It’s one of the most popular and eagerly-anticipated traditions of Christmas Day – The Queen’s speech.
Queen Elizabeth II’s Christmas speech will take place for the 69th time. The first arrived in 1957, some five years after her coronation.
Following the loss of her husband Prince Philip, the Duke of Edinburgh, and the continuing impact of Covid-19, this year’s royal address will no doubt be more emotional
But that hasn’t stopped The Queen from cancelling her traditional pre-Christmas lunch with other members of the Royal Family at Bucking Palace.
Her Christmas speech will, however, go ahead as planned.
What time is it and where can you watch it? Here’s all you need to know.
What time is The Queen’s Christmas speech?
The Queen’s speech will be broadcast on multiple television channels at 3pm on Saturday, December 25.
Since it was first televised by the BBC, 3pm has always been the scheduled time for The Queen’s royal message.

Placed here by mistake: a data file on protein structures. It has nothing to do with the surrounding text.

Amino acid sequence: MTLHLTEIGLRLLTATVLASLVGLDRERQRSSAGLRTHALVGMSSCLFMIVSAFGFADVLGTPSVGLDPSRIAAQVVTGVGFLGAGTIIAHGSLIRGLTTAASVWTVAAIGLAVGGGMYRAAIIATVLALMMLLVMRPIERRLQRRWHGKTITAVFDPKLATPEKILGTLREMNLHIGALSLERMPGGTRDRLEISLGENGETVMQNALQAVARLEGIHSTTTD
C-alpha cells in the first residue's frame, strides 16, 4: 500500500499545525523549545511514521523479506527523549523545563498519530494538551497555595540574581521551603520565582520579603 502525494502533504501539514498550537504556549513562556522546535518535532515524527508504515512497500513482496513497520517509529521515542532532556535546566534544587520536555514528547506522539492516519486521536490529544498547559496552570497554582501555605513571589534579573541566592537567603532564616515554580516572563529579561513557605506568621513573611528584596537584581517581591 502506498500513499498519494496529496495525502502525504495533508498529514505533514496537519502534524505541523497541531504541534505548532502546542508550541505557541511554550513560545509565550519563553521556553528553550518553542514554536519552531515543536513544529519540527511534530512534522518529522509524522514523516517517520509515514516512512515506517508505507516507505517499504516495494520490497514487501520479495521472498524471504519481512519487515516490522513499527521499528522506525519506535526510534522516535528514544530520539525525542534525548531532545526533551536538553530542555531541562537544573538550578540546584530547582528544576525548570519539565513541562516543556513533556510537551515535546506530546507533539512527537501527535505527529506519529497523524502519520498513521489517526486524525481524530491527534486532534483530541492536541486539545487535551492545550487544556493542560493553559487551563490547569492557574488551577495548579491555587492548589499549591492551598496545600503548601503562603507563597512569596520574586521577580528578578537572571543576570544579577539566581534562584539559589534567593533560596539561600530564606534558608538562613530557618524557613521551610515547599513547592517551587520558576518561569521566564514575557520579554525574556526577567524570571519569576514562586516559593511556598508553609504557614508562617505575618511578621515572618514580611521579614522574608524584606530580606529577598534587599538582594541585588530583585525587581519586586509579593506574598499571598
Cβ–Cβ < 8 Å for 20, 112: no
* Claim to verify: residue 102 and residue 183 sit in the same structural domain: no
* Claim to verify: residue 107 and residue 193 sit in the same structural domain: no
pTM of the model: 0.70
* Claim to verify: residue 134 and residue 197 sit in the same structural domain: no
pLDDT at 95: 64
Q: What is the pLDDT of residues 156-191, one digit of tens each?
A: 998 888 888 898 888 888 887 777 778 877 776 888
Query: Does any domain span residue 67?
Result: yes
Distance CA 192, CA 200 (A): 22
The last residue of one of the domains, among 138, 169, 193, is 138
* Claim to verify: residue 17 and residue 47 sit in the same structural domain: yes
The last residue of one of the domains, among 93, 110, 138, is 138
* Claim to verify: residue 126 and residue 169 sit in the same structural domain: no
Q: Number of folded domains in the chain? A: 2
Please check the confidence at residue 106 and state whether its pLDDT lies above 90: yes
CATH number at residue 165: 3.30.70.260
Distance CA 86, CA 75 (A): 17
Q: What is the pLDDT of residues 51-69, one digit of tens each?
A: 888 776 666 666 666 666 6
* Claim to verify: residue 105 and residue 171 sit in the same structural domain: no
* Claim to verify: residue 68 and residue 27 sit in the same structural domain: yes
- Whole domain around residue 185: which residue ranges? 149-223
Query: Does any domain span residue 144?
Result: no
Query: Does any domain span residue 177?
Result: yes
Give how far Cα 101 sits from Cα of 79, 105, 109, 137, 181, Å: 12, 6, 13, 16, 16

“I very much hope that this new medium will make my Christmas message more personal and direct,” The Queen said in her first broadcast.
The Queen’s Christmas speeches have not been broadcast live since 1960 when Buckingham Palace began to have them pre-recorded.
How can I watch The Queen’s Christmas speech?
The Queen’s speech will be broadcast on BBC One, ITV, Sky One and Sky News. It will also be available to listeners on BBC Radio 4.
Anyone watching on mobile devices or online can watch the royal address on the Royal Family YouTube channel and on their Facebook page.
What will The Queen say in her speech?
The exact details will remain under wraps until 3pm on Christmas Day, as is the case every year..
But given the events of the past year – and in particular the death of Prince Philip on April 9 – The Queen may take the rare opportunity to personalise her speech and to pay tribute to her husband.
The Queen’s ‘irritation’ over the lack of climate action taken by governments present could also feature and would certainly be topical in the wake of COP26 in Glasgow in November.
Last year, The Queen used her speech to express gratitude to the hard work of NHS workers and frontline staff contending with the horrors of a global health emergency.
The continued impact of Covid is likely to feature prominently once again in HRH’s reflection on the past year.
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